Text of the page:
As Cointelegraph reported in March, Ravencoin has been thrust into the limelight with Overstock.com CEO Patrick Byrne mentioning that his company had invested millions of dollars into the “use case specific Blockchain focusing on the transfer of assets.”

Blockchain Bills Are Advancing in the New York State Senate – Here’s Why

ALBANY, N.Y. – The New York State Senate will be considering two bills that would bolster the use and development of blockchain tech in the Empire State.

The first bill, S4142, would recognize blockchain-based records and contracts as electronic signatures under state law, giving them legal clout. The second, S6037A, would add “distributed ledger technology” developers to the Excelsior Jobs Program, which comes with tax credits.

Introduced by Senator Diane Savino (D-23) and approved by the Internet and Technology Committee, which she chairs, after a hearing Tuesday, the bills next go to the full Senate for a vote. If passed, the measures will move to the New York State Assembly for consideration.

“The use cases are tremendous,” said Adriana Babino, a cybersecurity expert and resident technical adviser on Savino’s Internet and Technology committee. “By embracing the blockchain tech and the digitized ledger, you’re opening up the state to many possibilities.”

She said these bills specifically will add secure protections to residents’ use of digital transactions and create employment opportunities.

The bills have been tried in the state legislature before, according to Barbara O’Neill, senior adviser to Savino.

Both bills were introduced, in various iterations, during the 2017-2018 legislative session, part of the early efforts by Savino’s committee to bring more high-tech legislative initiatives to the state government.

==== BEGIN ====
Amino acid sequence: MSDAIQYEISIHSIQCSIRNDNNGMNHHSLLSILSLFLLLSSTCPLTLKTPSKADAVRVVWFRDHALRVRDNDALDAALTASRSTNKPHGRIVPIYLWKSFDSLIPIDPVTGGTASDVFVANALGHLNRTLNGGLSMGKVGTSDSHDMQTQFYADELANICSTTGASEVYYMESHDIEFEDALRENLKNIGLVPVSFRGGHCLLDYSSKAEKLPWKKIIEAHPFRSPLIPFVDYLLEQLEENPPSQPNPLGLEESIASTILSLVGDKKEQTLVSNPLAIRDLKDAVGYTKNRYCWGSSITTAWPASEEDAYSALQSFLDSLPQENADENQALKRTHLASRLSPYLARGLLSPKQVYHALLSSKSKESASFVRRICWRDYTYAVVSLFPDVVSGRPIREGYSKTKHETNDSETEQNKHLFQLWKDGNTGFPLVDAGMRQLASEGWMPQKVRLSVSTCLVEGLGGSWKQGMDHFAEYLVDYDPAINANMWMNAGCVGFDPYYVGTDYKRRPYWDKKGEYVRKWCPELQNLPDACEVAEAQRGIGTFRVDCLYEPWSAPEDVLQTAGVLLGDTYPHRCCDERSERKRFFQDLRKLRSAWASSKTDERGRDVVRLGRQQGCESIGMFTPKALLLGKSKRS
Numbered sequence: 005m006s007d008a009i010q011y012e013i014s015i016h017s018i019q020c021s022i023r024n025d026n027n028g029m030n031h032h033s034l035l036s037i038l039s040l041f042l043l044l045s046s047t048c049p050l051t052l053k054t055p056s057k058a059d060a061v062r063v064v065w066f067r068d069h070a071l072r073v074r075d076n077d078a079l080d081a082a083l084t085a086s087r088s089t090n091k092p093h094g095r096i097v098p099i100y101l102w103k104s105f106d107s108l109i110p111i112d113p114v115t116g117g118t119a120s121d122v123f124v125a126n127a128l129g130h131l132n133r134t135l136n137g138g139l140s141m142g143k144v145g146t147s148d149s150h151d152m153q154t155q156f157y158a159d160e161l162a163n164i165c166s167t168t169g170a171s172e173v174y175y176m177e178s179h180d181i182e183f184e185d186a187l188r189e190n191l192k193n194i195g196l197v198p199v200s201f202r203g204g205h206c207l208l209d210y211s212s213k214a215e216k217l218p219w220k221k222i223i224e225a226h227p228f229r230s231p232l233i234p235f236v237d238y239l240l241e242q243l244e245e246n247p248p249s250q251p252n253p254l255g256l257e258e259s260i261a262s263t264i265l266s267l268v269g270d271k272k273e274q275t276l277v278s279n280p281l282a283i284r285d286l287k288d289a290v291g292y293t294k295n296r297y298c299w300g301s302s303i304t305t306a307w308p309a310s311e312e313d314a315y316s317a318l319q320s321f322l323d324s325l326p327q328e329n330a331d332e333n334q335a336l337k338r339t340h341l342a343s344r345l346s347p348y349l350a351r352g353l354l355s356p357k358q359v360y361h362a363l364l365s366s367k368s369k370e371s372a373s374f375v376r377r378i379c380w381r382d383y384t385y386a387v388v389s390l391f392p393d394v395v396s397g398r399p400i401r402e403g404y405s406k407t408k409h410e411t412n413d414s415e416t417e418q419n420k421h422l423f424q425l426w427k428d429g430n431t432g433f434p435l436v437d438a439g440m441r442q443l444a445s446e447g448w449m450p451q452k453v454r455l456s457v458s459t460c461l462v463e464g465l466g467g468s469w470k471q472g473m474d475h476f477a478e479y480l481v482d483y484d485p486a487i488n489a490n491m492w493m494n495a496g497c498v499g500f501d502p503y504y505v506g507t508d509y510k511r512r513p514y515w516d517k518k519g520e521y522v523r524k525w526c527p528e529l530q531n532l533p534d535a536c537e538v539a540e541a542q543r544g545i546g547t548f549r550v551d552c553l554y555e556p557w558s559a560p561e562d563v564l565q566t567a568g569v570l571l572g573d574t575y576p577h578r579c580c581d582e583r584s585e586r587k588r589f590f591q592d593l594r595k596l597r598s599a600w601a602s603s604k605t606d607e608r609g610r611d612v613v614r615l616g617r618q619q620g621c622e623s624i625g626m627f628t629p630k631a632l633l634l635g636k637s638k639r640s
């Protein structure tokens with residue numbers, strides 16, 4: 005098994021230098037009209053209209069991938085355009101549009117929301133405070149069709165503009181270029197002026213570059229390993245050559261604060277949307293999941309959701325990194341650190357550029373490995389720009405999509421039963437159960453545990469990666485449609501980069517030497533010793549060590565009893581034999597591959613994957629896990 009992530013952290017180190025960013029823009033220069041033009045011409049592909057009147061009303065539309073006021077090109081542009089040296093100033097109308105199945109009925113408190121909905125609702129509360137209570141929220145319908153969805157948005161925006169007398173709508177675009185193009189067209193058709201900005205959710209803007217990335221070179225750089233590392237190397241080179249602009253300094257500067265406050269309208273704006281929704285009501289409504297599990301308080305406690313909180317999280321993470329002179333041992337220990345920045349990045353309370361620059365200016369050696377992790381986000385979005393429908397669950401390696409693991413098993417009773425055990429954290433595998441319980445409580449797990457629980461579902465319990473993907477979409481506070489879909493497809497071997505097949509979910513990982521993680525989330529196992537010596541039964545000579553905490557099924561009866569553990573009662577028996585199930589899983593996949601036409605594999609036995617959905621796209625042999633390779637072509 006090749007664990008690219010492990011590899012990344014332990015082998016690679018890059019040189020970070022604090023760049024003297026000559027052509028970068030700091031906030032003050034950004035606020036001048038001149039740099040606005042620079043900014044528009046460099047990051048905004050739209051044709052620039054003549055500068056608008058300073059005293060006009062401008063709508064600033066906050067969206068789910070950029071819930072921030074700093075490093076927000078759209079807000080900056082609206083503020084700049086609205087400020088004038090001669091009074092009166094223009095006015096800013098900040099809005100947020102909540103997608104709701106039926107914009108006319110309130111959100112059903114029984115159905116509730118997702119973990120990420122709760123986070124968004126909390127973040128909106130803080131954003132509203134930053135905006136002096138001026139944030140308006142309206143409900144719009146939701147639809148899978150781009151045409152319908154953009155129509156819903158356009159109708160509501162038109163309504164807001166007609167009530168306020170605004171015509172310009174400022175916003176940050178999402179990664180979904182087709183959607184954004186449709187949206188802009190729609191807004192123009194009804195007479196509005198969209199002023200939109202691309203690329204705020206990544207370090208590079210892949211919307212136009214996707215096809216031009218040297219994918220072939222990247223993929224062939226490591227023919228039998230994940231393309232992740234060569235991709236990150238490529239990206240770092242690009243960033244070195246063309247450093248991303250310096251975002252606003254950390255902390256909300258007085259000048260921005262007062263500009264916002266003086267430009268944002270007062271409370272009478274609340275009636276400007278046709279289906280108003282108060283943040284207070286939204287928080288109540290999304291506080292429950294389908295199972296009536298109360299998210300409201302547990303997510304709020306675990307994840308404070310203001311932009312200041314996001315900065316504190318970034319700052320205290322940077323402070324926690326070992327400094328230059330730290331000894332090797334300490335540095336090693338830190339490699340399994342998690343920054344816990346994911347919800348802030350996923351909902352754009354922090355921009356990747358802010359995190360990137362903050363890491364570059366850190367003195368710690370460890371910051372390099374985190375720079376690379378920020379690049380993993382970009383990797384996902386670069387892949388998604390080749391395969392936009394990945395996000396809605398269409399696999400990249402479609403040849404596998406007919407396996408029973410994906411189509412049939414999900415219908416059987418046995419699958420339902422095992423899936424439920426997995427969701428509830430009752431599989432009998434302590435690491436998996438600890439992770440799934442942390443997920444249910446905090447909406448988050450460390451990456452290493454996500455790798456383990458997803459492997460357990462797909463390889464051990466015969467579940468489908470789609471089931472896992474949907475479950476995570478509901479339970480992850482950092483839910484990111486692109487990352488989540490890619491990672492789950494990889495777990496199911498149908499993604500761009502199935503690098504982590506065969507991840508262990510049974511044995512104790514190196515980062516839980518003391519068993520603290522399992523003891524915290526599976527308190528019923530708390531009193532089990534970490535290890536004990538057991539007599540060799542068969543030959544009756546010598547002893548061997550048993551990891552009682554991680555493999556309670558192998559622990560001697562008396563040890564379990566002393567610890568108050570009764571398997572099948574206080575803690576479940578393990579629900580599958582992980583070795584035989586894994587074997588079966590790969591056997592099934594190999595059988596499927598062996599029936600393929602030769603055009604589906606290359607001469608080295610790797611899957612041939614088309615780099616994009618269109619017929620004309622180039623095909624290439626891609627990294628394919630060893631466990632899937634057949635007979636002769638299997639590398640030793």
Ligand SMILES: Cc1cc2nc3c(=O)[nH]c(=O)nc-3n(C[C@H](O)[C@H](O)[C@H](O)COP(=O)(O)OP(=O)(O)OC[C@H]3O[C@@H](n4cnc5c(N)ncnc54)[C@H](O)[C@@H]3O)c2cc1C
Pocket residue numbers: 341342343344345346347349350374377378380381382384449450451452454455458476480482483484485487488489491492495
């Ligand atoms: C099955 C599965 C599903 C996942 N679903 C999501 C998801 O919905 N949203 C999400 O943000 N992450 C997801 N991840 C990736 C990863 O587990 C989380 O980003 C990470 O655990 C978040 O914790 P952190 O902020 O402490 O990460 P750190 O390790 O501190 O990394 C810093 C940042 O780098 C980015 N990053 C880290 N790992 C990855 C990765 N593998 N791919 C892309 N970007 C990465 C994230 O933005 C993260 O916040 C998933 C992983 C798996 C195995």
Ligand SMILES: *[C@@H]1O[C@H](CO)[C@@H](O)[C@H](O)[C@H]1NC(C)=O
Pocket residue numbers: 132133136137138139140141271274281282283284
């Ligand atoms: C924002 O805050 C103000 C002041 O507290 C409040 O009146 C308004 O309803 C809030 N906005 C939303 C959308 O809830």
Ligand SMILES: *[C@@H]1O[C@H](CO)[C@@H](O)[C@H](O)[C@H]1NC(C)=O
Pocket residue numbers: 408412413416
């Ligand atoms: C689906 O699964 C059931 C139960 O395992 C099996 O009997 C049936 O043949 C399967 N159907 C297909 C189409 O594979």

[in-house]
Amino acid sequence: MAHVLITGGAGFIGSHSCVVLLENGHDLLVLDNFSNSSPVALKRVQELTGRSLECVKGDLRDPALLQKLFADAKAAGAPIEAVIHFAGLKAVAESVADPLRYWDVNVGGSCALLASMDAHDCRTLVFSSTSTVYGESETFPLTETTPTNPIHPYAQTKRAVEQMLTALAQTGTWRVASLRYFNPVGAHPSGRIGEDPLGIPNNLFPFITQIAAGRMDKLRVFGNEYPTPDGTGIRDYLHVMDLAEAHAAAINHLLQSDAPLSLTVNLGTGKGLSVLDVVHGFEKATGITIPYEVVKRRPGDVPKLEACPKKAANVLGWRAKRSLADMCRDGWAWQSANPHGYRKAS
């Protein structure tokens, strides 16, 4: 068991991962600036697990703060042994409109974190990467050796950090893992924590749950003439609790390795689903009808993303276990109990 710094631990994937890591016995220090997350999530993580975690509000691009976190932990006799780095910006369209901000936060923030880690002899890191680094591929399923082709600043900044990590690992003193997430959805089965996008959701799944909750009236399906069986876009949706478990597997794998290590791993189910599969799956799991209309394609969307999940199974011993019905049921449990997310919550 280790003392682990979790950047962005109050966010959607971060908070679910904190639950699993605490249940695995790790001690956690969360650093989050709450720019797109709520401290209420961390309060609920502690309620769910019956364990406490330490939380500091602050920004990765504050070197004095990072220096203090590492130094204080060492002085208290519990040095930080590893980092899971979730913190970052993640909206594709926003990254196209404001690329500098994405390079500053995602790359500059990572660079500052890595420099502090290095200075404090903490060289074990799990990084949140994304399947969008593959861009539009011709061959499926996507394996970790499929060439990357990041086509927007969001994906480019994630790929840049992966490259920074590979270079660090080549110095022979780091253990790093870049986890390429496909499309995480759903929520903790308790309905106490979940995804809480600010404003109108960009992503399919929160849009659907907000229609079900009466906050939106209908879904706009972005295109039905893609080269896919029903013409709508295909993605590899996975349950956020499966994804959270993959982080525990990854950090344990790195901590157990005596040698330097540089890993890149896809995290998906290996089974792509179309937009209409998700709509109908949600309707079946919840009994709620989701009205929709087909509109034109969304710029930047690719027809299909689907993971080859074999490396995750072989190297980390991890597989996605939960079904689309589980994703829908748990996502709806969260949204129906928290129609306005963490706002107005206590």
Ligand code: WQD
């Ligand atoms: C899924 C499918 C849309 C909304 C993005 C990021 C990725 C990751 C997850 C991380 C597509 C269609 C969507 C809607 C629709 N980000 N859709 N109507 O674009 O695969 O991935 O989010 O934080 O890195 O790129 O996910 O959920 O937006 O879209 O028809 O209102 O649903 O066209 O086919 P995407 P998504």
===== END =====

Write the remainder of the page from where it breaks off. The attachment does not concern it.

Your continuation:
That committee is now entering its second year, having formed shortly after Democrats took control of the state Senate for the first time in half a century. The 2019 committee launch helped the Senate streamline all forms of internet-related legislative actions, including those related to blockchain.

The New York State Assembly has no full committee for internet and technology although it does have a subcommittee, chaired by blockchain proponent Assemblyman Clyde Vanel (D-33), which must refer all approved legislation to another committee. Small bureaucratic distinctions add hurdles to any legislative action, slowing down or even stifling the passage of lower-priority bills, according to O’Neill.

“Coming from a subcommittee process it’s a little bit more awkward. Their stuff kind of ends up all over the place,” O’Neill said. She said the Senate committee is hopeful that at some point soon the Assembly will elevate Vanel’s committee to full status.

Even so, Babino, the technical adviser, said Albany is coming around to the concept of blockchain. Last year, staffers and senators asked basic questions about blockchain and distributed ledger technology, prompting Babino to develop an explainer presentation. But this year many appear more comfortable with the technology, which helps them see the value of the legislation, she said.